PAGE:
“Abusive” disability benefit system since half of PIP decisions are overturned
The government’s “abusive” benefit system that subjects people with disabilities to “immense distress” must be abolished.
That was the call of the Greater Manchester Disability Coalition (GMCDP), which works with people with disabilities across Oldham.
The organization condemned the Personal Independence Payment (PIP) process after figures reveal that more than 1,500 people with disabilities in the district sued the government for the payment of benefits, 57% of them having set aside the initial decision.
Since 2013, 1,650 people have escalated their cases and have challenged the DWP in court, with an independent panel overturning the government’s decision in 720 (57%) of those cases.
Between April 2013 and the end of 2020, the Ministry of Work and Pensions assessed 19,300 requests for personal independence payment from residents of the region – 65% resulted in the granting of an award.
The allowance – which is not means-tested – covers additional expenses faced by people with disabilities and is worth between Â£ 23 and Â£ 150 per week, depending on the person’s needs.
The application process, described by the GMCDP as a ‘disgrace’, sees most applicants meet with a Department of Work and Pensions (DWP) assessor who assesses their care and mobility needs as part of an interview. point-based system.
A spokesperson for the Greater Manchester Coalition of Disabled People (GMCDP) said the DWP’s PIP assessment process “causes immense distress to people with disabilities who find the whole system abusive.”
âThe PIP was introduced with the explicit political objective of cutting benefits for people with disabilities by half a million. It should be abolished and replaced by a new system co-designed with people with disabilities. We know that courts are losing patience with the DWP’s malfunction and the lack of evidence they provide to explain why they are denying benefits to people with disabilities, âthey added.
Under the current system, if the applicant is not satisfied with the outcome of the assessment, a mandatory review can be requested, forcing the DWP to reconsider the decision.
In Oldham, only about one in six sentences at this first appeal stage have been changed.
According to the GMCDP, there have been “serious” case reviews of deaths caused by the process, but the DWP has “destroyed historical evidence.”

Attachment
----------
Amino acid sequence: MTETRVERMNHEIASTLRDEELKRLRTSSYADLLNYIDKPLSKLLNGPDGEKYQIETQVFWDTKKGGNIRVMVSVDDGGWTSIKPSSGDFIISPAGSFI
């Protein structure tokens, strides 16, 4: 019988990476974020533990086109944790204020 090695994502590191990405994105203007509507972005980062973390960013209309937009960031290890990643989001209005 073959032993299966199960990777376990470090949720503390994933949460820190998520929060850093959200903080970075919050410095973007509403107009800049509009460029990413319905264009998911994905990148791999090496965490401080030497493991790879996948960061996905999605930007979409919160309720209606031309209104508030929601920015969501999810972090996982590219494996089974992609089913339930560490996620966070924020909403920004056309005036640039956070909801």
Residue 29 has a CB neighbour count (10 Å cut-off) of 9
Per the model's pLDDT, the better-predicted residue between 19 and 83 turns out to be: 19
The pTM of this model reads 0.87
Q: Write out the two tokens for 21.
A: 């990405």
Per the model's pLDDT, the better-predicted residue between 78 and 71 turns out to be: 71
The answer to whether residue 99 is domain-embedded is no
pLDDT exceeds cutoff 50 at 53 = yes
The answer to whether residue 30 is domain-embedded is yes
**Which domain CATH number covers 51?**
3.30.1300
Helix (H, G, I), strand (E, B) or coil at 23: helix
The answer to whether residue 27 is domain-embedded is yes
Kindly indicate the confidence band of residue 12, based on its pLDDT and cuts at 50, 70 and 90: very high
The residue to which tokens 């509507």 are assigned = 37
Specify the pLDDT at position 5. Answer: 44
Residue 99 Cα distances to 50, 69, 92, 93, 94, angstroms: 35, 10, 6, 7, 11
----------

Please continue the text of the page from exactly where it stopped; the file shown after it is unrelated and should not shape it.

A GMCDP spokesperson added: âThey know full well that their system is a disgrace but persist in subjecting people with disabilities to it.
âIn 2016, the UN found that there had been ‘serious and systemic’ violations of the human rights of persons with disabilities amounting to a ‘human catastrophe’ and that the situation since then has only worsened.
The organization has now formed Oldham Forward Together to address issues faced by people with disabilities as a result of the PIP process.
Their condemnation echoes comments from Louise Rubin of the Disability Charity Scope, who called the assessment process “fundamentally flawed.”
She said: âPeople with disabilities have told us about specific failures in their PIP assessment, such as their unheard opinions and experiences, inaccurately recorded information, the advice and opinions of medical experts ignored and a lack of understanding, empathy or compassion on the part of Staff.
âIf the DWP got more good decisions the first time, fewer people with disabilities would go through a long and stressful appeals process to get the life support they need. ”
Across Britain, more than 350,000 appeals – out of more than four million claims – have been filed since 2013 and the claimant has won in more than two-thirds of those cases.
However, Michael Paul of Disability Rights UK said many candidates were not appealing because they were “tired of stressful and time-consuming bureaucracy” and feared losing any existing awards.
A DWP spokesperson said: âWe are committed to making sure people get all the support they are entitled to and in the vast majority of cases there is no appeal because we are taking the right one. decision, the first time.
âWhen a person does not agree with a decision, we will contact them, if necessary, for further information so that the decisions can be thoroughly reviewed and an appeal can be avoided. ”